depth varied azimuthally. The axisymmetric case, with constant liner depth, was predicted
to gi
ve the higher transmission loss.


2.4.3.
Experiments


NLR in September 1999 carried out an experiment with a model turbofan in the Large
Low Speed Facility of the DNW
-
LLF (Figure 2.3). This test delivered a valuable database

10

on fan noise generation, in
-
duc
t propagation and far
-
field radiation (
kR
max

= 10.0). UTC
carried out a lined flow duct experiment on a locally and non
-
locally reacting liner. The
acoustic fields at either sides of the liners were determined using a traversing pressure and
velocity probe
. Measurements have been conducted for an axial mean flow velocity of 20
m/s and
kR

values ranging from 2.0 to 8.0 and will be compared with predictions of the
coupled FEM/BEM method. Rolls
-
Royce and ISVR carried out several no
-
flow
experiments on complex
duct geometries as turbine humps and buried exhaust cones. The
use of a flexible non
-
locally reacting liner proved successful and allowed the complex
geometry’s to be wrapped in a simple and cost effective manner for the lined builds. The
results are used
for a first assessment on the influence of exhaust geometry on fan noise
radiation.


2.4.4.
Concluding remarks


The project was successful in the development and validation of various duct
acoustics models and the execution of three validation experiments.

However at the end
of the project, it seemed that two industrial requirements could not be fully covered:



The inclusion of 3
-
D non
-
uniform flow and liner geometry’s.



The ability to calculate the 3
-
D in
-
duct propagation and radiation at realistic
frequenci
es (kR values ranging from 20 to 40, which are characteristic for 1 to 2
BPF of a modern turbofan).

Further developments and validations of the duct acoustics models towards more realistic
nacelle conditions are required before the models can be used as ma
ture industrial design
tools.

RIENSTRA
GALBRUN
MUNGUR
Figure 2.2 Comparisons results slowly varying duct: coupled FEM/BEM (Galbrun) and
analytical benchmarks (Rienstra and Mungur).


11



Figure 2.3 Test of NLR model turbofan in the DNW
-
LLF.


[By Edward Rademaker, NLR Department of

Aeroacoustics, The Netherlands]


3. EUROPEAN PROGRAMS STARTED IN 2001


3.1. SILENCE(R) (Significantly Lower Community Exposure To Aircraft Noise)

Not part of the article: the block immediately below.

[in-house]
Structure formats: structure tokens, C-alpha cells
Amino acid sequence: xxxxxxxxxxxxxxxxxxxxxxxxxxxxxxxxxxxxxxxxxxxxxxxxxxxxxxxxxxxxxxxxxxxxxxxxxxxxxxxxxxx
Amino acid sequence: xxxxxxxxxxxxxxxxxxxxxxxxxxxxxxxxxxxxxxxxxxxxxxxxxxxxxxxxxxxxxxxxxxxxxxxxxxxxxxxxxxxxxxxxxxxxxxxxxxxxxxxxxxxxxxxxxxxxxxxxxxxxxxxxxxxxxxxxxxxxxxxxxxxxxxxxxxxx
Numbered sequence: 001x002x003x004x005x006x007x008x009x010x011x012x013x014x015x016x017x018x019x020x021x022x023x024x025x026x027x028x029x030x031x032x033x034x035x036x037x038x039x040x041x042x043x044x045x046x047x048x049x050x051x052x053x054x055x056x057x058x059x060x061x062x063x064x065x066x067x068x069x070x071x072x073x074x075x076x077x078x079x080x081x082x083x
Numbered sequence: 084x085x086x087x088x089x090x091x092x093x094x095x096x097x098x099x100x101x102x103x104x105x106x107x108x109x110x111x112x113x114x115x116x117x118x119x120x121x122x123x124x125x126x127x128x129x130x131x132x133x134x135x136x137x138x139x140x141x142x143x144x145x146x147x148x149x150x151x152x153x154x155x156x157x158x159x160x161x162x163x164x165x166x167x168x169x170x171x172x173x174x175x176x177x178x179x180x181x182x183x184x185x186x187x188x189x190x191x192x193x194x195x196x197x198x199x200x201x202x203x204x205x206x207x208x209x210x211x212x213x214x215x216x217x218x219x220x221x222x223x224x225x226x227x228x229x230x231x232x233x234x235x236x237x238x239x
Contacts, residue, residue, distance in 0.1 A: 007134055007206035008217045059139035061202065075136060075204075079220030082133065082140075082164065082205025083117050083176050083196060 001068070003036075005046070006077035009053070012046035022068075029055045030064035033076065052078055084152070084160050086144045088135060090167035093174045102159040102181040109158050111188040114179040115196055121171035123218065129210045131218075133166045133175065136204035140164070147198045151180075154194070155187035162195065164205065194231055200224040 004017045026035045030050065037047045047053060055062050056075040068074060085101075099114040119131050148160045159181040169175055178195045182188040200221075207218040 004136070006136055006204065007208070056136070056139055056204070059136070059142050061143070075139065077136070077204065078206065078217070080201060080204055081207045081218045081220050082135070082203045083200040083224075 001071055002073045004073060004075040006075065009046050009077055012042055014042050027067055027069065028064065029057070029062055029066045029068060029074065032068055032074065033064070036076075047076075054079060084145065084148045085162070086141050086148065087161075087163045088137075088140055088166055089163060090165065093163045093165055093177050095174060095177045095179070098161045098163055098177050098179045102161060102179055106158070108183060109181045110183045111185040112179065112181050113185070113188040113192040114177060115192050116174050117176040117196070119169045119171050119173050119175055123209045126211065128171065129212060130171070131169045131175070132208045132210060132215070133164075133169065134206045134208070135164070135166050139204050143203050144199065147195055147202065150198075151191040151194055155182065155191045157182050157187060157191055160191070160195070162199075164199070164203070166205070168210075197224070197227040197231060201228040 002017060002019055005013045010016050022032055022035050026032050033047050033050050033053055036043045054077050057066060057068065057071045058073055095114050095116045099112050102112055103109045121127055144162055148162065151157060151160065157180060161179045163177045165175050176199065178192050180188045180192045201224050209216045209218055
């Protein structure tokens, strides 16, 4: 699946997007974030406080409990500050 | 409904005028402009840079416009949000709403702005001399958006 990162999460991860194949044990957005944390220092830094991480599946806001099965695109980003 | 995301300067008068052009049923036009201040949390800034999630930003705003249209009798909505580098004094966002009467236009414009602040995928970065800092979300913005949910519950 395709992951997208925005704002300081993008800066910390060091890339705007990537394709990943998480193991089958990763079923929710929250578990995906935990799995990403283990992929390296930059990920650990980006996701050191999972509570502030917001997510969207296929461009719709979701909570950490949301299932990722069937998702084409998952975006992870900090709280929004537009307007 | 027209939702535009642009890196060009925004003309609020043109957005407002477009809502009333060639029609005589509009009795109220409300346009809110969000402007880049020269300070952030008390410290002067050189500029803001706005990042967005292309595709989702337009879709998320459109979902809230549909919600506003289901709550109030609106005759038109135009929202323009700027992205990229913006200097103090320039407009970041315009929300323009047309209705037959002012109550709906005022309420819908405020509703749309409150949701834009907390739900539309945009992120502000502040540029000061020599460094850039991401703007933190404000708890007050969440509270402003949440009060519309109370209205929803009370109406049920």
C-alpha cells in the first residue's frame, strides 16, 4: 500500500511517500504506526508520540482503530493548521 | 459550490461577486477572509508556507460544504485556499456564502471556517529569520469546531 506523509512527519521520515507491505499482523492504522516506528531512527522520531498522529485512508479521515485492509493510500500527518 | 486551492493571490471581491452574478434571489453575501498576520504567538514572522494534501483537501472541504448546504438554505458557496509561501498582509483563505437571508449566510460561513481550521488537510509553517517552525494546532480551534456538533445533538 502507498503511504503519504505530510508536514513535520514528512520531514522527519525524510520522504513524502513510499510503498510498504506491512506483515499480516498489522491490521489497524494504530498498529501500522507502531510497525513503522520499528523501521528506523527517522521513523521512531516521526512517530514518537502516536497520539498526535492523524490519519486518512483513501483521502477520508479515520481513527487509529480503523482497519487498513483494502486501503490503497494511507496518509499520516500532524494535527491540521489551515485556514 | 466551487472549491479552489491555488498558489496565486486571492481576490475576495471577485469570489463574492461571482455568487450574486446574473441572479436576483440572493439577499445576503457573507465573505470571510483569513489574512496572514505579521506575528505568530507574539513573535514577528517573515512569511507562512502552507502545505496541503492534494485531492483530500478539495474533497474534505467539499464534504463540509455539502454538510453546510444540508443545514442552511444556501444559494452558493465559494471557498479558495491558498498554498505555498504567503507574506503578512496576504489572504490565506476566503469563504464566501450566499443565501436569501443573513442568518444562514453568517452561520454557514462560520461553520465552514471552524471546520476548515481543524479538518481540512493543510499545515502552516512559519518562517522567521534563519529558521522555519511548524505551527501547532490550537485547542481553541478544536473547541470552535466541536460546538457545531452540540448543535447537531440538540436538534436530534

On 1 April 2001, the largest ever European aircraft noise research program, called
SILENCE(R), has been laun
ched. A consortium of 51 companies will collaborate during
4 years to validate noise reduction technologies that will allow as of 2008 quieter aircraft
operations by up to 6 decibels. The program is part of the 5
th

framework program of the
European Commiss
ion enabling a 50% funding of the total budget of more than 110
million Euro. The kick
-
off meeting took place in Copenhagen, from the 17
th

to 19
th

of
April and finished with a public session on 20
th

April involving presentations to the
European Commission
and major industrial partners on the objectives and technical
content of the project.


SILENCE(R) will address the issue of aircraft noise, a major cause of concern around
European airports, through three major objectives:



Large scale validation of nois
e reduction technologies whose development was
initiated by the European Commission and National projects in 1998.



Assessment of the applicability of these technologies to current and future
European products with minimum cost, weight or performance pena
lty.



Determination of the associated achievable noise reduction.


12


Novel concepts to be validated include low
-
noise fans, LP turbines, scarfed intakes,
novel intake, bypass and hot
-
stream liners, nozzle jet noise suppressors, active control
techniques and

airframe noise reduction technologies.


The SILENCE(R) program is linked to X
-
Noise, a European Thematic Network on
External Aircraft Noise. Participating companies consist of aircraft, aero
-
engine and
nacelle manufacturers, supported by research establis
hments and high tech engineering
companies and SMEs (see http.www.x
-
noise.net/ SILENCER kickoff PR pdf).


For information contact the X
-
Noise/SILENCE(R) communication manager
Dominique Collin at
dominique
.collin@x
-
noise.net

.


3.2. TURBO
-
NOISE CFD

3.2.2.
Introduction


This programme of research, which commenced in March 2000, is supported by the
European Union and is divided into four Workpackages. Workpackage 1 identifies the
key features of CFD codes th
at are required to model each type of turbomachinery noise
source, including blade row transmission effects. This covers steady and unsteady flows,
viscous and non
-
linear effects, boundary conditions, non
-
dispersive propagation and
meshing. The methodology

developed will be benchmarked against analytical results and
a feasibility study will also be conducted into the CFD modelling of fan broadband noise
sources.


In Workpackage 2 methods are being developed to link the source noise prediction
methods, devel
oped in Workpackage 1, with propagation models to carry the noise from
the source to the far field.


Workpackage 3 will benchmark the methodology developed above against
experimental data from:



Rotor/Stator viscous wake interaction



Potential interaction



Fa
n rotor

alone and buzz
-
saw tones



Rotor and Stator transmission and reflections.


13


Workpackage 4 will prove and refine the new methodology through a case study of
low noise design concepts identified in RESOUND and elsewhere, to develop the tools in
a work
ing environment prior to exploitation and to recommend low noise concept
improvements.


[By A. J. Kempton, Rolls
-
Royce plc, Derby, UK]


3.3. JEAN (Jet Exhaust Aerodynamics and Noise)


A research contract to develop new techniques for the prediction of Jet

Noise has been
awarded under the European Commission’s Competitive & Sustainable Growth or 5